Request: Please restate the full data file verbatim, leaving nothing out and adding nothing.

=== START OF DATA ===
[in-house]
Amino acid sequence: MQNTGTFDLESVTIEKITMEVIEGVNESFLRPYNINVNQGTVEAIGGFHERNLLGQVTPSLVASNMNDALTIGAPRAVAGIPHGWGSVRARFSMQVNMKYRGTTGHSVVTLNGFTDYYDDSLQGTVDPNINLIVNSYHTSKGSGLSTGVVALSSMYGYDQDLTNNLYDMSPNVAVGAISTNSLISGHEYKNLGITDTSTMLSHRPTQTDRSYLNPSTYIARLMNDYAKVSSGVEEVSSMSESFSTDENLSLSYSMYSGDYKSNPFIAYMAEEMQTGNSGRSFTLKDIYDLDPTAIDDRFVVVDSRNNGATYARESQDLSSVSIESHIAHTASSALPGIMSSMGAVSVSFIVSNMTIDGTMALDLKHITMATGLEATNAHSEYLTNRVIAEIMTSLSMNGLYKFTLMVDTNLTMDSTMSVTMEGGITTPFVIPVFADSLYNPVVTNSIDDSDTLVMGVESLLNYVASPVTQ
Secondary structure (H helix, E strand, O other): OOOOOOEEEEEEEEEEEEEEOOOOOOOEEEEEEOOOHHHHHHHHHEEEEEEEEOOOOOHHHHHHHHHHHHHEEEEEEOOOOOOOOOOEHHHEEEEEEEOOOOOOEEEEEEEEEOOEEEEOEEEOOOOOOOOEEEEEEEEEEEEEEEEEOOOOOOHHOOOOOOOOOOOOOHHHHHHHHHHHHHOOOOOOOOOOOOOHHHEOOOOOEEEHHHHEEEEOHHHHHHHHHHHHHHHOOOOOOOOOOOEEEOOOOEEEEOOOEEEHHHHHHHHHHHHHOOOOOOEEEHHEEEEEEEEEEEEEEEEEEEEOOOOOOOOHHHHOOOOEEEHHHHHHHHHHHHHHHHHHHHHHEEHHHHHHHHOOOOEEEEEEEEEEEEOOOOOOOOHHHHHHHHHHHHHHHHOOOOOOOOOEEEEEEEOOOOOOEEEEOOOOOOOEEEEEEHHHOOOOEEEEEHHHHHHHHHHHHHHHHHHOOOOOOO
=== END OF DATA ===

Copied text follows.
[in-house]
Amino acid sequence: MQNTGTFDLESVTIEKITMEVIEGVNESFLRPYNINVNQGTVEAIGGFHERNLLGQVTPSLVASNMNDALTIGAPRAVAGIPHGWGSVRARFSMQVNMKYRGTTGHSVVTLNGFTDYYDDSLQGTVDPNINLIVNSYHTSKGSGLSTGVVALSSMYGYDQDLTNNLYDMSPNVAVGAISTNSLISGHEYKNLGITDTSTMLSHRPTQTDRSYLNPSTYIARLMNDYAKVSSGVEEVSSMSESFSTDENLSLSYSMYSGDYKSNPFIAYMAEEMQTGNSGRSFTLKDIYDLDPTAIDDRFVVVDSRNNGATYARESQDLSSVSIESHIAHTASSALPGIMSSMGAVSVSFIVSNMTIDGTMALDLKHITMATGLEATNAHSEYLTNRVIAEIMTSLSMNGLYKFTLMVDTNLTMDSTMSVTMEGGITTPFVIPVFADSLYNPVVTNSIDDSDTLVMGVESLLNYVASPVTQ
Secondary structure (H helix, E strand, O other): OOOOOOEEEEEEEEEEEEEEOOOOOOOEEEEEEOOOHHHHHHHHHEEEEEEEEOOOOOHHHHHHHHHHHHHEEEEEEOOOOOOOOOOEHHHEEEEEEEOOOOOOEEEEEEEEEOOEEEEOEEEOOOOOOOOEEEEEEEEEEEEEEEEEOOOOOOHHOOOOOOOOOOOOOHHHHHHHHHHHHHOOOOOOOOOOOOOHHHEOOOOOEEEHHHHEEEEOHHHHHHHHHHHHHHHOOOOOOOOOOOEEEOOOOEEEEOOOEEEHHHHHHHHHHHHHOOOOOOEEEHHEEEEEEEEEEEEEEEEEEEEOOOOOOOOHHHHOOOOEEEHHHHHHHHHHHHHHHHHHHHHHEEHHHHHHHHOOOOEEEEEEEEEEEEOOOOOOOOHHHHHHHHHHHHHHHHOOOOOOOOOEEEEEEEOOOOOOEEEEOOOOOOOEEEEEEHHHOOOOEEEEEHHHHHHHHHHHHHHHHHHOOOOOOO